Posts Tagged ‘ Creativity ’

Find a big room

Find a big room and go record something in it!

It doesn’t matter where it is, or what you record… just find a large space and record something in it.

Large spaces usually have a very distinct sound to them. They also often have a noticeable reverberation. If you’ve chosen a public place as your big room, you’ll also have the benefit of having something interesting happening in that space too.

Use your imagination! Even if you don’t have a large room in your home (or even if you do), you can probably find somewhere large with an interesting sound. A shopping centre close to midnight? An underground railway station? A school hall? A cafe? A lift lobby?

You can choose to record the sounds that you find there or you can make some sounds of your own and record them. Don’t get stuck on preconceived notions of what is or isn’t a musical instrument – use this as an opportunity to break free and experiment!

And don’t worry too much about having to purchase equipment to do it. If you’ve got a professional field recorder, that’s great. If not, you can always use your mobile phone or borrow someone else’s gear. Again – break free of the notion that you must record with accuracy and high fidelity. The goal is to produce something interesting, not necessarily to document reality.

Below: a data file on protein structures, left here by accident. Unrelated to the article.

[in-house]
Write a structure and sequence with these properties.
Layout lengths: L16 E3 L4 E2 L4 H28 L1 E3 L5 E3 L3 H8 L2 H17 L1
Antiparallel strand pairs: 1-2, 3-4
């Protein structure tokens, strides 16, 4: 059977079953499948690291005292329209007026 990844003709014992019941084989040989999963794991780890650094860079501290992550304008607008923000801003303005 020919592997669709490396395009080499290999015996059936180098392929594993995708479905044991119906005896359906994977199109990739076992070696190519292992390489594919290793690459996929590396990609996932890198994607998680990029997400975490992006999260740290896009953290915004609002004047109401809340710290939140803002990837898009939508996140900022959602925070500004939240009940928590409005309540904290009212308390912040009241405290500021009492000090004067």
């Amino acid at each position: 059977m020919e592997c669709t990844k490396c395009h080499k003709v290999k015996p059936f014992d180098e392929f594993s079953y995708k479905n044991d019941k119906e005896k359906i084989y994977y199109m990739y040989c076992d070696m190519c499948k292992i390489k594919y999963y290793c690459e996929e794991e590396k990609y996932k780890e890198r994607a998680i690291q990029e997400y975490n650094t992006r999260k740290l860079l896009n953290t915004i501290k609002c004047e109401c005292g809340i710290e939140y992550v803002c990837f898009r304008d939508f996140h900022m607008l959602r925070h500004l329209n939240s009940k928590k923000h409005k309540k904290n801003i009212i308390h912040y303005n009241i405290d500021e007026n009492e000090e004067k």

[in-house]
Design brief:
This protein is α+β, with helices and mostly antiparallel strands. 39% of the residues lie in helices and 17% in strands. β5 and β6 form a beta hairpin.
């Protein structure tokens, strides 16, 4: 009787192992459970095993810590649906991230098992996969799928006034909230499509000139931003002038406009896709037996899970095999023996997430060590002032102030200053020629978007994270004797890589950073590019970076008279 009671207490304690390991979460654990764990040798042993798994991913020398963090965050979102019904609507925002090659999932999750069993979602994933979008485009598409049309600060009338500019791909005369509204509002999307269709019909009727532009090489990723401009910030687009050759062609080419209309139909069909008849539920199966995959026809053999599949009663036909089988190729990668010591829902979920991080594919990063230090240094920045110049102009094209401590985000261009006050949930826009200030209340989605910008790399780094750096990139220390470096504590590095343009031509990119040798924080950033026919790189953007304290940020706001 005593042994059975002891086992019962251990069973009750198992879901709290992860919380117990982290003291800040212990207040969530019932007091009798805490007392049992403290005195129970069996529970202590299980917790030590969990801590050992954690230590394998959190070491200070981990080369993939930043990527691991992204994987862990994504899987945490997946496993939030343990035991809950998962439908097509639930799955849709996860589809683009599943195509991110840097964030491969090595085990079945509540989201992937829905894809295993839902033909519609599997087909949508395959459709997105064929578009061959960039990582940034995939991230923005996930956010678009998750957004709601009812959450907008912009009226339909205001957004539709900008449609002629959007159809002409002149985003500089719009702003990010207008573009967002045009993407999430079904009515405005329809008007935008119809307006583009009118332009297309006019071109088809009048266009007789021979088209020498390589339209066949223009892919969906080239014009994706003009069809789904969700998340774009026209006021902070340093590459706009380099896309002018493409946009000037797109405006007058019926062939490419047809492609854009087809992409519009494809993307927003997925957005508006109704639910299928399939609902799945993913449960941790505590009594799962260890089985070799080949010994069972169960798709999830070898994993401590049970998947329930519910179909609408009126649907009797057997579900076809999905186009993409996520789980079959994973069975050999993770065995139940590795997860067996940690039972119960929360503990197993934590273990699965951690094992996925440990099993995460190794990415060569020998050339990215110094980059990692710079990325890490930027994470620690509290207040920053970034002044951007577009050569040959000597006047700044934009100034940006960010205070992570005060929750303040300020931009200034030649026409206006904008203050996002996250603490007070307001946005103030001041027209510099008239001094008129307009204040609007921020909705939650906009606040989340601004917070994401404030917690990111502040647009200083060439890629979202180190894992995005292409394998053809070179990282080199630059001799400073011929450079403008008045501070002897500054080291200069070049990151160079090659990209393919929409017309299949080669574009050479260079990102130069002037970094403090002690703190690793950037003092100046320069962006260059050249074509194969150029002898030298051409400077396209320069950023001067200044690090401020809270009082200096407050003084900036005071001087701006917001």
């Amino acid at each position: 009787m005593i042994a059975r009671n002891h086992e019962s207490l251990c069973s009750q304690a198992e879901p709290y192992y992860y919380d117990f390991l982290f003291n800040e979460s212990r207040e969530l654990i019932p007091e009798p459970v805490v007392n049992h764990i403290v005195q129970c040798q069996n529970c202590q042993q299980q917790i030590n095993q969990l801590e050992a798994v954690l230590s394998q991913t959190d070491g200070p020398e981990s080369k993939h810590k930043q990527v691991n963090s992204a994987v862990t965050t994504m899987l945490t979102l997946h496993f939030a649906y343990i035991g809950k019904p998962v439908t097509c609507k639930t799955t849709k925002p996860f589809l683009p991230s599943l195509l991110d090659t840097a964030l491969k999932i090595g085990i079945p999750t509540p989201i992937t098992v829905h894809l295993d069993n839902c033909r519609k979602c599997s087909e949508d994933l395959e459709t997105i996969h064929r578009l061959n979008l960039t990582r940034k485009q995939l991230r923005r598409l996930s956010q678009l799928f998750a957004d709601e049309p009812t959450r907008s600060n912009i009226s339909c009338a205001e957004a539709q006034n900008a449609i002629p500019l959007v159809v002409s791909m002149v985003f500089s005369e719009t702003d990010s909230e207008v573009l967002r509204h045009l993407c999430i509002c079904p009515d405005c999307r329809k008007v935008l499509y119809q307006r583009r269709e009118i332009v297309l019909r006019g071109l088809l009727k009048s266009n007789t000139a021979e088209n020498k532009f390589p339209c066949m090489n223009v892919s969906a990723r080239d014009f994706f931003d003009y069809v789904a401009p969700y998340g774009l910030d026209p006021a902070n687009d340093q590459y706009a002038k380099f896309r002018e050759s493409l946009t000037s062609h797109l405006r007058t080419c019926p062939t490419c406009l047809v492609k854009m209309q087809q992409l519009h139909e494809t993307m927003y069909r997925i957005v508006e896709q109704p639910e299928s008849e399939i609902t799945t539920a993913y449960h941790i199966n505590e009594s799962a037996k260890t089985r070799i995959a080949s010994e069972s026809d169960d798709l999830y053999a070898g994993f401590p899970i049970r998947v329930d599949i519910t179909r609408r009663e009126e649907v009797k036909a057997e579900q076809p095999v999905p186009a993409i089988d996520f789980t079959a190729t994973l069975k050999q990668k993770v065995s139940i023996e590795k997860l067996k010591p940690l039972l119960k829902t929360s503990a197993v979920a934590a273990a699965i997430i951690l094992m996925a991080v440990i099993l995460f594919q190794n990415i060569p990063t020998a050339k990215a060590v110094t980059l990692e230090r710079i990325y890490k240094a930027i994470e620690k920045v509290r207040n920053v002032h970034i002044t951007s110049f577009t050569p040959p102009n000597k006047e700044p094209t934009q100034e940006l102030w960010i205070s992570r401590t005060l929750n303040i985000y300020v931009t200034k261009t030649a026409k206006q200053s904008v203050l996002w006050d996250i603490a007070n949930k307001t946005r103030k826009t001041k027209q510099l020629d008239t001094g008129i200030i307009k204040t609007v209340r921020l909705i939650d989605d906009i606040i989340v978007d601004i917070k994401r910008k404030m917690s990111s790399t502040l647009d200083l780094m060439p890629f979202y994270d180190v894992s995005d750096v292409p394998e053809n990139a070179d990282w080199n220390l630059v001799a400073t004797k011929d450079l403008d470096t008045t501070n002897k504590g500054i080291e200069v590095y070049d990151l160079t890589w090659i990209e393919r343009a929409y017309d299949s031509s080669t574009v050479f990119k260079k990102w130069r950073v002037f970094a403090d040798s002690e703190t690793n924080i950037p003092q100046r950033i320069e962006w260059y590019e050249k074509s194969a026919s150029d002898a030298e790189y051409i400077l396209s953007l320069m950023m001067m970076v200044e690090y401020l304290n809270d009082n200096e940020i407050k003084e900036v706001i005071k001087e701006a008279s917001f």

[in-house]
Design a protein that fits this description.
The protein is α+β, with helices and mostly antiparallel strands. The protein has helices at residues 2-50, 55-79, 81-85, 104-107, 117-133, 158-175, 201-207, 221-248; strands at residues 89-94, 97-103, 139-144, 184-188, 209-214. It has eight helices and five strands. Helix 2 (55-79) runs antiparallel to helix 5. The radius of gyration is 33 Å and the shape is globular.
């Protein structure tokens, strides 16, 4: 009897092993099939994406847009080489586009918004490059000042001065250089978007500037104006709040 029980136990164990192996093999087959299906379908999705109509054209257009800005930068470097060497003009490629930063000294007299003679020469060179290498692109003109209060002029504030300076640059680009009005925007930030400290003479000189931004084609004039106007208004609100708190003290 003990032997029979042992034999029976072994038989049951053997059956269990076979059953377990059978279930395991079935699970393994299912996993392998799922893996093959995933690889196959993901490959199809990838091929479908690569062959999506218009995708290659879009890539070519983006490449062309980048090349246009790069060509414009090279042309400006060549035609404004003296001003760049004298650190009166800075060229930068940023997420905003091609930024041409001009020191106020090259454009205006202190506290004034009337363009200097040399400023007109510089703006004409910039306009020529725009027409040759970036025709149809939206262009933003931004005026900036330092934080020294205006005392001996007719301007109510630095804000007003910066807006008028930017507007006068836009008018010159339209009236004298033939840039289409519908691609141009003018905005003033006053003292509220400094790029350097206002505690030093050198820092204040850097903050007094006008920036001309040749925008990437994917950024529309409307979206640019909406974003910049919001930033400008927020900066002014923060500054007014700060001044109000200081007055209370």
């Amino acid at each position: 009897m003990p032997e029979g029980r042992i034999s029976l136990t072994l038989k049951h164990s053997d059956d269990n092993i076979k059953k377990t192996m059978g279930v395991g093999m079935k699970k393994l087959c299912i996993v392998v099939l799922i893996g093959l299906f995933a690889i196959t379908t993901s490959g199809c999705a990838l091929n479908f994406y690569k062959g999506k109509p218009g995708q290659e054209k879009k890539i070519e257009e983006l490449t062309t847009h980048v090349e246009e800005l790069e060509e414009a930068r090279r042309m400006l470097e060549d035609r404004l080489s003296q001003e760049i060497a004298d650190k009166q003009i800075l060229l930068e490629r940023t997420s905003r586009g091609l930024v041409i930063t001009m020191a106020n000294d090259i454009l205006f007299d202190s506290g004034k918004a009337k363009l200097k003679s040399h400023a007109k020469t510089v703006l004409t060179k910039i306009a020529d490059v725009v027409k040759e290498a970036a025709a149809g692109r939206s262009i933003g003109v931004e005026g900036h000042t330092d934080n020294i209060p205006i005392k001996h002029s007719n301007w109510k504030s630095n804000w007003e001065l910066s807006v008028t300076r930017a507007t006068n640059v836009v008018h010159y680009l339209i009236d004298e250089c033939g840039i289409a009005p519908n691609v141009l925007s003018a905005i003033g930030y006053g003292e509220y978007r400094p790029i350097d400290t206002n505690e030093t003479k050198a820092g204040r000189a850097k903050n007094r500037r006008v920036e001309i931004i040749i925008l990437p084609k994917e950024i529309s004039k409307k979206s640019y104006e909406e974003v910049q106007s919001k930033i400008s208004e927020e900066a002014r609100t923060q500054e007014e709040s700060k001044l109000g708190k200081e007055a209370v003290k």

And then, make a point of incorporating the sound into your next project. Be creative. Use it as a background texture. Chop it up and turn it into percussion. Play it backwards for an eery atmosphere. Load it into a sampler, change the pitch, process it… Maybe that distant door slam can be subtly layered with your kick to make it sound huge. Maybe that train horn can be sampled and filtered to become a new synth lead. Maybe you could bring your vocalist and record some backing vocals in the subway. Or busy shopping centre.

Whatever you do, do something. Don’t just reiterate the same old approaches – be creative!




What is creative direction?

The term ‘Creative direction’ might sound obtuse, but it’s really quite simple. Creative direction is the vision for the song. It is the idea (or set of ideas) that set the direction for all the creative decisions in the production process. Decisions based on the creative direction of a song have a wide range – as broad as choosing the instrumentation and as detailed as the type of distortion pedal used on a background guitar part. Anything that has an impact on the musical expression should be based on the creative direction.

Creative direction can be articulated in a variety of ways. The two most common ways are as adjectives (written/verbal language) and as references to existing recordings (‘sounds like’).